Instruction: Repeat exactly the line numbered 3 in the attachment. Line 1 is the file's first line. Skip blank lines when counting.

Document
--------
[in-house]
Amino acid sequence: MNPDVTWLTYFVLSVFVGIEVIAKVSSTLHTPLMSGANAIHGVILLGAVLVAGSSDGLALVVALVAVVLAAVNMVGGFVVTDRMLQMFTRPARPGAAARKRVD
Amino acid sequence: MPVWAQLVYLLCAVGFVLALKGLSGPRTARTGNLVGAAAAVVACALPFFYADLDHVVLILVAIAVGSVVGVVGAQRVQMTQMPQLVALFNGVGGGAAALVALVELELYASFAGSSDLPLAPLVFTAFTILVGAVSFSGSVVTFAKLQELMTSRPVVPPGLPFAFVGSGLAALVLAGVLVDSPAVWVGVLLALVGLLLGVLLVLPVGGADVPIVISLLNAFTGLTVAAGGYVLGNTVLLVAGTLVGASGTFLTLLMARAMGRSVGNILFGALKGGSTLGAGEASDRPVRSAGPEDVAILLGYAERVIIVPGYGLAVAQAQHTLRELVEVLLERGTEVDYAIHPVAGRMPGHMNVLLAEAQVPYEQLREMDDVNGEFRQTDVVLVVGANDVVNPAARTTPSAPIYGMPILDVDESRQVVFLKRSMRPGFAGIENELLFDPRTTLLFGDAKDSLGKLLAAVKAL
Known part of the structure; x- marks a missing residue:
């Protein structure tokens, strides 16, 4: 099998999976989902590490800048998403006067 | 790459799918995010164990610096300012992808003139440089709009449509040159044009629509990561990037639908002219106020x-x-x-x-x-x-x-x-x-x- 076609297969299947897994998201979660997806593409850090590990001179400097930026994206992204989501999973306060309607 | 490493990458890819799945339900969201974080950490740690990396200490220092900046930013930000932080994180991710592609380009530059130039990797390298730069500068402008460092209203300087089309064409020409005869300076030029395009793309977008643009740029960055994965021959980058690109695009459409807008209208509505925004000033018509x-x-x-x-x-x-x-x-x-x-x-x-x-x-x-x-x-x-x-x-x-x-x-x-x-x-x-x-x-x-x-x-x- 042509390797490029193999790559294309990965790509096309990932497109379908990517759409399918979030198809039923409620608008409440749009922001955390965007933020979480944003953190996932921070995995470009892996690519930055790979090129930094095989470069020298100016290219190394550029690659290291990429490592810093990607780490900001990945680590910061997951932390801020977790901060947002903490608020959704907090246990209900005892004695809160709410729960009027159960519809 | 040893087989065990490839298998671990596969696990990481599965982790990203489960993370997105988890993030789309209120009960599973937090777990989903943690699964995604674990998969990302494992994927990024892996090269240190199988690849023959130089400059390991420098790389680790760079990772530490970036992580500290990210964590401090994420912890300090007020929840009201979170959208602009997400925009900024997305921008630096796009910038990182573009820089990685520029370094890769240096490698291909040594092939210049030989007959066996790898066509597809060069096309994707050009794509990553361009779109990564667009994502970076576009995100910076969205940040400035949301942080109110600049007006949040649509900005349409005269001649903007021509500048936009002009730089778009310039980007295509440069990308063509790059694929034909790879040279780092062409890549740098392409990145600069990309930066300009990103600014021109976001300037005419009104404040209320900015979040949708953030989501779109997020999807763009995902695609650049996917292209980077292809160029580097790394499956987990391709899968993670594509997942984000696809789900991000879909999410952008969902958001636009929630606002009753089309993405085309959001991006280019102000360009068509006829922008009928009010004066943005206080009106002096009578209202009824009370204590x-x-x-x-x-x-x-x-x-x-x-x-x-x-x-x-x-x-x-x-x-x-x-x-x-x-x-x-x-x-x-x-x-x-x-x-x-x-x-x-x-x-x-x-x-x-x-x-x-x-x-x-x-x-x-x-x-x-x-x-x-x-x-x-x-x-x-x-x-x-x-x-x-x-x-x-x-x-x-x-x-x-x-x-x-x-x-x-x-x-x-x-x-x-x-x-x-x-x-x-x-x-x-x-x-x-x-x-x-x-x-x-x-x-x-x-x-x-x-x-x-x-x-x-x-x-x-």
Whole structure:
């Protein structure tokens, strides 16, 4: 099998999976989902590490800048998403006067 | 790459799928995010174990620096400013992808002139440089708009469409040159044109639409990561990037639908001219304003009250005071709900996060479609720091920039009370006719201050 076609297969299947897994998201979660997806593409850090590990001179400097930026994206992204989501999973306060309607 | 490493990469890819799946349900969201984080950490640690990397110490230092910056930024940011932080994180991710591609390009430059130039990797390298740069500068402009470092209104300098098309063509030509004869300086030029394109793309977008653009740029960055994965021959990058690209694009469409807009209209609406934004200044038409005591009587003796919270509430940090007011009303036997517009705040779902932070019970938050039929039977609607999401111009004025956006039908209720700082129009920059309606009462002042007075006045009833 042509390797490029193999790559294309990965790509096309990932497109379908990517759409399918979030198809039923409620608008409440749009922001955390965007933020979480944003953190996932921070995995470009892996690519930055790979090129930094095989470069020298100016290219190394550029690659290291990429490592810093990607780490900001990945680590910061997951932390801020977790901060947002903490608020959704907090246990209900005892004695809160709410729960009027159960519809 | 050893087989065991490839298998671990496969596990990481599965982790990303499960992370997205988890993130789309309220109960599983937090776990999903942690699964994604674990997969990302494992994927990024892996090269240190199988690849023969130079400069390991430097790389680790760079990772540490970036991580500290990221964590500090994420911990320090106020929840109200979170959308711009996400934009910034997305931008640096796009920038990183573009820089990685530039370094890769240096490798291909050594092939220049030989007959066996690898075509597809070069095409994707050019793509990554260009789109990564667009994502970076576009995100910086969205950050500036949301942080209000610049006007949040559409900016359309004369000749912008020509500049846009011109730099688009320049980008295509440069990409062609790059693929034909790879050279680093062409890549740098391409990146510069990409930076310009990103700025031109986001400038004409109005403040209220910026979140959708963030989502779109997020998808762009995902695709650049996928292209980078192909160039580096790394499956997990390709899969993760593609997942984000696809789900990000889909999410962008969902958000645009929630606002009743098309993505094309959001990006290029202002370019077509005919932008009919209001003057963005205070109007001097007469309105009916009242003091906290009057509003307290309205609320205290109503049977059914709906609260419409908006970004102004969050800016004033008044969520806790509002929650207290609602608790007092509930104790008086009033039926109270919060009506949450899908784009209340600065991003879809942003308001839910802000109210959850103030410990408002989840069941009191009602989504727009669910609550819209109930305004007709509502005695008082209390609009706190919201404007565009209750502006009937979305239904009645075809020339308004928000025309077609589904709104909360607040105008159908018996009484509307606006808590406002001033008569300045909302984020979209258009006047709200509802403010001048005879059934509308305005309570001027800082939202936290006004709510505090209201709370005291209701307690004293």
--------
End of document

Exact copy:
Amino acid sequence: MPVWAQLVYLLCAVGFVLALKGLSGPRTARTGNLVGAAAAVVACALPFFYADLDHVVLILVAIAVGSVVGVVGAQRVQMTQMPQLVALFNGVGGGAAALVALVELELYASFAGSSDLPLAPLVFTAFTILVGAVSFSGSVVTFAKLQELMTSRPVVPPGLPFAFVGSGLAALVLAGVLVDSPAVWVGVLLALVGLLLGVLLVLPVGGADVPIVISLLNAFTGLTVAAGGYVLGNTVLLVAGTLVGASGTFLTLLMARAMGRSVGNILFGALKGGSTLGAGEASDRPVRSAGPEDVAILLGYAERVIIVPGYGLAVAQAQHTLRELVEVLLERGTEVDYAIHPVAGRMPGHMNVLLAEAQVPYEQLREMDDVNGEFRQTDVVLVVGANDVVNPAARTTPSAPIYGMPILDVDESRQVVFLKRSMRPGFAGIENELLFDPRTTLLFGDAKDSLGKLLAAVKAL